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Finefeuiaki v. Taylor

United States District Court, D. Hawaii

November 27, 2018

SIONE FINEFEUIAKI, #A0765881, Petitioner,
v.
DEBORAH TAYLOR, Respondent.

          ORDER DISMISSING PETITION FOR WRIT OF HABEAS CORPUS AND DENYING A CERTIFICATE OF APPEALABILITY

          Jill A. Otake United States District Judge.

         Before the Court is pro se prisoner Sione Finefeuiaki's Petition Under 28 U.S.C. § 2241 for a Writ of Habeas Corpus (“Petition”). ECF No. 1. Finefeuiaki states that he is awaiting trial in the Circuit Court of the Second Circuit, State of Hawaii, in State v. Finefeuiaki, Cr. No. 2CPC-18-0000090 (Haw. 2d Cir. Ct. 2018), and State v. Finefeuiaki, Cr. No. 2CPC-17-0000945 (Haw. 2d Cir. Ct. 2017). See Pet., ECF No. 1, PageID #1.[1] As a pretrial detainee, Finefeuiaki does not challenge his sentence or conviction, or the fact of his pretrial detention, but instead challenges the conditions of his confinement at the Maui Community Correctional Center (“MCCC”). For the following reasons, the Petition is DISMISSED and any request for a certificate of appealability is DENIED.

         I. BACKGROUND

         Finefeuiaki complains that inmates and guards at MCCC have harassed, targeted, and assaulted him, and that MCCC officials falsely charged him with disciplinary infractions between March and November 2018. He complains overall that MCCC officials have not provided him safe custody at MCCC. Finefeuiaki has grieved these claims through the facility's grievance system, but it does not appear that he has sought relief in the Hawaii state courts.

         Finefeuiaki has raised substantially similar claims in two of his recent federal civil rights actions. See Finefeuiaki v. Zane, No. 1:18-cv-00249 DKW-KJM (D. Haw. June 25, 2018); and Finefeuiaki v. Maui Cmty. Corr. Ctr. and Staff also Affiliates, No. 1:18-cv-00453-HG-KSC (D. Haw. Nov. 19, 2018).[2]

         Finefeuiaki seeks an injunctive order directing the State of Hawaii to grant him supervised release, probation, transfer to federal custody, rehabilitation, or simply drop his criminal charges.

         II. STANDARD OF REVIEW

         Section 2241 allows “the Supreme Court, any justice thereof, the district courts and any circuit judge” to entertain a writ of habeas corpus “within their respective jurisdictions, ” from a person claiming to be “in custody in violation of the Constitution or laws or treaties of the United States.” 28 U.S.C. § 2241(a) and (c)(3). A district court considering an application for a writ of habeas corpus shall “award the writ or issue an order directing the respondent to show cause why the writ should not be granted, unless it appears from the application that the applicant or person detained is not entitled thereto.” 28 U.S.C. § 2243.

         Rule 4 of the Rules Governing Section 2254 Cases (the “Habeas Rules”) applies to habeas petitions brought pursuant to 28 U.S.C. § 2241[3] and requires summary dismissal of a habeas petition if “it plainly appears from the petition and any attached exhibits that the petitioner is not entitled to relief in the district court.”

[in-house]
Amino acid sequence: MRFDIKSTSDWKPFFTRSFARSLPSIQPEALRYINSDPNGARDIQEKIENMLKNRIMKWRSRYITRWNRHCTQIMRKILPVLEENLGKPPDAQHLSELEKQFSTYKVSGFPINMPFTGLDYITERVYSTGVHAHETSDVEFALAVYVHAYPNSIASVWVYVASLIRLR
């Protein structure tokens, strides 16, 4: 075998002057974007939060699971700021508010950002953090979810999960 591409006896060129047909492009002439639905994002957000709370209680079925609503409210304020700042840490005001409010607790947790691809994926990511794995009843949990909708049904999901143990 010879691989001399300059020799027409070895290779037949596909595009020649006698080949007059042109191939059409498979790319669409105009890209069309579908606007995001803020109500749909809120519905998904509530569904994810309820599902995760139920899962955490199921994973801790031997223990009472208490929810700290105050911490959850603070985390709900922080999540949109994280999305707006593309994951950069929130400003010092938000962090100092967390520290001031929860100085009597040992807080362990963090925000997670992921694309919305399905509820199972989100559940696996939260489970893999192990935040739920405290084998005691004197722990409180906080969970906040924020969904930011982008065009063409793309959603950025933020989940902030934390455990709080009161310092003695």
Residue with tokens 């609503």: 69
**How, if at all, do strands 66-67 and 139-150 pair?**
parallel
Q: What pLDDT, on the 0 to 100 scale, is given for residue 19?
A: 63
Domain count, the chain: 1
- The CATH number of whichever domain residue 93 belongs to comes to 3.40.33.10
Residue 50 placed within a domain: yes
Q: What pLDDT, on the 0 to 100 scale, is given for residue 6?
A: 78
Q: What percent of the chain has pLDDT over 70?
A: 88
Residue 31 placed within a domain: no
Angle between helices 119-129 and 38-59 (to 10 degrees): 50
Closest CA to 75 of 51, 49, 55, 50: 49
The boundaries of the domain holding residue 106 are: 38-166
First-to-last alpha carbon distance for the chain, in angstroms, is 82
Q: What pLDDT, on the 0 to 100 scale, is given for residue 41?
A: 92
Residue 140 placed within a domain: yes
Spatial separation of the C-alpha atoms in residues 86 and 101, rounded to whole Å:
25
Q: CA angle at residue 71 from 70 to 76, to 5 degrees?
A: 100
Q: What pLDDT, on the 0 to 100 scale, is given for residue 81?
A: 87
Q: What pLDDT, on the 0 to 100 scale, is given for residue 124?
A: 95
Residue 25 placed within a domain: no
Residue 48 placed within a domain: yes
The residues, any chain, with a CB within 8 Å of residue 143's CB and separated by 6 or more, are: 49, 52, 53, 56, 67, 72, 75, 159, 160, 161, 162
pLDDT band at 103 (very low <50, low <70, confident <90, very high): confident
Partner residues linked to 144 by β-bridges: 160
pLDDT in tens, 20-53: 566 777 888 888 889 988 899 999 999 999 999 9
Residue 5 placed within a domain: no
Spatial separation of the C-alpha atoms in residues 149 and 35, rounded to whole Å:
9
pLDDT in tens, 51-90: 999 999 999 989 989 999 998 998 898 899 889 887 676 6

III. DISCUSSION

         Federal law opens two main avenues to relief on complaints related to imprisonment: a petition for habeas corpus and a civil rights complaint. See Muhammad v. Close, 540 U.S. 749, 750 (2004). “[H]abeas is the exclusive vehicle for claims brought by state prisoners that fall within the core of habeas corpus, and such claims may not be brought in a § 1983 [civil rights] action.” Nettles v. Grounds, 830 F.3d 922, 927 (9th Cir. 2016) (en banc). Nettles further sets forth “the correlative rule that a § 1983 action is the exclusive vehicle for claims brought by state prisoners that are not within the core of habeas corpus.” Id. That is, claims challenging “the fact or duration of the conviction or sentence” are within the core of habeas, while claims challenging “any other aspect of prison life” are properly brought as civil rights actions. Id. at 934. If success on a habeas petitioner's claim would not necessarily lead to his immediate or earlier release from confinement, the claim does not fall within “the core of habeas corpus” and thus, is not cognizable under 28 U.S.C. § 2241. Id. at 935 (citing Skinner v. Switzer, 562 U.S. 521 (2012)).

         Success on Finefeuiaki's challenge to the conditions of his confinement at MCCC will not lead to his immediate or earlier release. Rather, success here might lead to an award of damages, discipline for those allegedly responsible for Finefeuaki's claims, or perhaps a negotiated settlement between the State and Finefeuiaki that includes a transfer to another state prison while he awaits trial. Finefeuiaki's Petition clearly does not fall within the “core” of habeas, however, and his claims “must be brought, if at all, under § 1983.” Nettles, 830 F.3d at 927. Finefeuiaki fails to state a cognizable federal habeas claim for relief and the Petition is DISMISSED.

         IV. CONVERSION OF THE PETITION

         “[A] district court may construe a petition for habeas corpus to plead a cause of action under § 1983 after notifying and obtaining informed consent from the prisoner.” Nettles, 830 F.3d at 936. “If the complaint is amenable to conversion on its face, meaning it names the correct defendants and seeks the correct relief, the court may recharacterize the petition so long as it warns the pro se litigant of the consequences of the conversion and provides an ...


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